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I'm trying to do collision detection between bullets and enemies in my game. But it's very unpredictable and sometimes it works, sometimes it doesn't (bullet goes straight through without doing anything) and sometimes it kills the script returning "Uncaught TypeError: Cannot read property 'x' of undefined".

The collision detection is just a trivial for loop like this:

if (enemies.length > 0 && bullets.length > 0) {
    for (a = 0; a < bullets.length; a++) {
        for (b = 0; b < bullets.length; b++) {
            if (bullets[a].x + 36 >= enemies[b].x && bullets[a].x <= enemies[b].x + 56 && bullets[a].y >= enemies[b].y && bullets[a].y + 6 <= enemies[b].y + 69) {
                bullets[a].Delete();
                enemies[b].Delete();
            }
        }
    }
}

The .Delete() function is just a reference to arr.splice(index, 1) in the objects. Of course I didn't expect this to be perfect, but I'm surprised by the random behaviour of it. What could cause this and how can I improve the collision detection?

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  • \$\begingroup\$ Long life to "magic numbers" in code! \$\endgroup\$
    – wondra
    Jul 31, 2014 at 17:47
  • \$\begingroup\$ @wondra Could you elaborate? The "long life" sounds logical without even knowing what it is. What causes it and what's the solution? \$\endgroup\$ Jul 31, 2014 at 17:51
  • \$\begingroup\$ I was just being sarcastic about the terrible practice of magic numbers in code. see my answer below, its more helpfull. \$\endgroup\$
    – wondra
    Jul 31, 2014 at 17:56
  • \$\begingroup\$ Oh, well if there's any other way to handle an array that can be anything between 0 and 100 let me know. :) \$\endgroup\$ Jul 31, 2014 at 17:59

3 Answers 3

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If I understand correctly, you have a bullet "object" of size 36x6 colliding with an enemy of size 56x69.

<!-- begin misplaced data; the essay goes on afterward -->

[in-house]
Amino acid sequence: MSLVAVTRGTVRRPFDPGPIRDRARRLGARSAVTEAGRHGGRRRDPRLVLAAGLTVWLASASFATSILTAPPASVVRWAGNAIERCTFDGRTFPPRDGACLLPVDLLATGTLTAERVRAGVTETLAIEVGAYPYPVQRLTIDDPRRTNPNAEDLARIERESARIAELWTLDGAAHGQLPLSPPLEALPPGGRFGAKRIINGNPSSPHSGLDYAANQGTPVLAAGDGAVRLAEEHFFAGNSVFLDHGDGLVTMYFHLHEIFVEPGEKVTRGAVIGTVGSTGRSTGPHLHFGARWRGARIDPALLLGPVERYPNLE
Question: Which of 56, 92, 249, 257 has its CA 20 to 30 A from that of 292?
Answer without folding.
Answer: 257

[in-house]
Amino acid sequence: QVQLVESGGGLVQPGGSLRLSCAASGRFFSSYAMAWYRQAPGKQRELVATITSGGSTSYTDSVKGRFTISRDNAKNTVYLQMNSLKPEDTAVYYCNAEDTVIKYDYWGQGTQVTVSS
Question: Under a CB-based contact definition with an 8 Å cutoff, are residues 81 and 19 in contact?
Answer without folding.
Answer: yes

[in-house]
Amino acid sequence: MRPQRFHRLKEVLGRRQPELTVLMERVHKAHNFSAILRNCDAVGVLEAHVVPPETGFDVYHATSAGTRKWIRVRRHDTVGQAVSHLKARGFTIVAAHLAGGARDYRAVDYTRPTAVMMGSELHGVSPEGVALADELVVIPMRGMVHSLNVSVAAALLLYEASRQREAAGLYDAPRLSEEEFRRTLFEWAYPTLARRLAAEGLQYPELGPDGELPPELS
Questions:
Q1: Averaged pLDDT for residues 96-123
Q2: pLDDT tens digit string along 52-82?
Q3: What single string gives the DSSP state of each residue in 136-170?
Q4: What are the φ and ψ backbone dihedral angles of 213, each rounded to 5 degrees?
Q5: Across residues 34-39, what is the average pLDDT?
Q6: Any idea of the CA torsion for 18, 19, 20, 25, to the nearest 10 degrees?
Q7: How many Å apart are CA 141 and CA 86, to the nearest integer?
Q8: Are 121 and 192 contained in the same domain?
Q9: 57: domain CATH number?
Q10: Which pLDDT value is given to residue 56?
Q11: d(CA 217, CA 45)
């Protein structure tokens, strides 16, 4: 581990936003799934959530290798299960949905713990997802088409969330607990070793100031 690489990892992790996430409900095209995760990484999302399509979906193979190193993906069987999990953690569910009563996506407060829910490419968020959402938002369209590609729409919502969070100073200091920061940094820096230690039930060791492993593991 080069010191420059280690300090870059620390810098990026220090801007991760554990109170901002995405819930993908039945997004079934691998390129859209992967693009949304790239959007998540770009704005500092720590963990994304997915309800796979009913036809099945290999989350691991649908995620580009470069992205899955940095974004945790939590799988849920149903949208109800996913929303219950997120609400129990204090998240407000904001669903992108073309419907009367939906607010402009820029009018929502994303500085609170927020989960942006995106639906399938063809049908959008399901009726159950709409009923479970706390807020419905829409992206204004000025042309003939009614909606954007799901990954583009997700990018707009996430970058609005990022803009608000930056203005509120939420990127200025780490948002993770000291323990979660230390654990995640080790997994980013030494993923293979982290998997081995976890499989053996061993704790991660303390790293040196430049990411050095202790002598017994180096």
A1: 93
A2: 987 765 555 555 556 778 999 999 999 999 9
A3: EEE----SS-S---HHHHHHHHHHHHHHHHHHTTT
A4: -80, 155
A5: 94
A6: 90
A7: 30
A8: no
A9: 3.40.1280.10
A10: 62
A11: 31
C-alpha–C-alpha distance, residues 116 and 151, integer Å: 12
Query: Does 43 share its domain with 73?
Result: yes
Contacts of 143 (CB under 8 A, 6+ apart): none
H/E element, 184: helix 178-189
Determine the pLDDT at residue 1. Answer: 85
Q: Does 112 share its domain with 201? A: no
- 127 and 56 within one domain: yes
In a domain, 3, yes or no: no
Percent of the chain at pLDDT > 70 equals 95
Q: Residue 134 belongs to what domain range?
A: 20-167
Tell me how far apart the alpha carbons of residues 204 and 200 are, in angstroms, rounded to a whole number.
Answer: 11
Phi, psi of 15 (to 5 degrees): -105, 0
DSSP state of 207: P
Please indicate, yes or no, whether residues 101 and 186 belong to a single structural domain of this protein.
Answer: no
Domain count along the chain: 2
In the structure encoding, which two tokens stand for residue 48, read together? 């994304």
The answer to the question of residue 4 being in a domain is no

Let's take a look at each step of the collision:

bullets[a].x + 36 >= enemies[b].x

This will test if the bullet right side is to the right of the enemy's left side. Right after, you have this:

bullets[a].x <= enemy[b].x + 56

Here, you test that the left side of the bullet is to the left of the right side of the player. So far, the bullet must be fully contained horizontally.

Next, vertical collisions:

bullets[a].y >= enemies[b].y

This tests that the upper bound of the bullet is below or equal to the upper bound of the enemy. And then , you have:

bullets[a].y + 6 <= enemies[b].y + 69

Which does the same for the lower bound.

From what I can read, the bullet must be totally contained within the enemy for the collision to occur. So you will sometimes see the bullet "touch" the enemy, but not being totally inside, and the collision will not occur.

Worst than that, if on one update tick the bullet is off on the left, and on the other is off on the right, the bullet will have passed through the enemy without killing it.

Little ASCII arts to illustrate:

The bullet starts by being off on the left side:

  --------- // Tick 1 - Does not trigger collision
  |       |
-----     |
  |       |
  ---------

Then you increment the bullet's position:

  --------- // Tick 2 - Does not trigger collision
  |       |
  |     -----
  |       |
  ---------

The bullet will never have triggered the collision. But this, on the other hand, will:

  --------- // This triggers collision
  |       |
  | ----- |
  |       |
  ---------

If you want to have better collision management that does not require the bullet to be fully contained, but only to touch the enemy, have a look at AABB collisions:

For the crash side of things, Evan already found the problem, so refer to it's answer.

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  • \$\begingroup\$ Seems logical now that you say it. \$\endgroup\$ Jul 31, 2014 at 18:06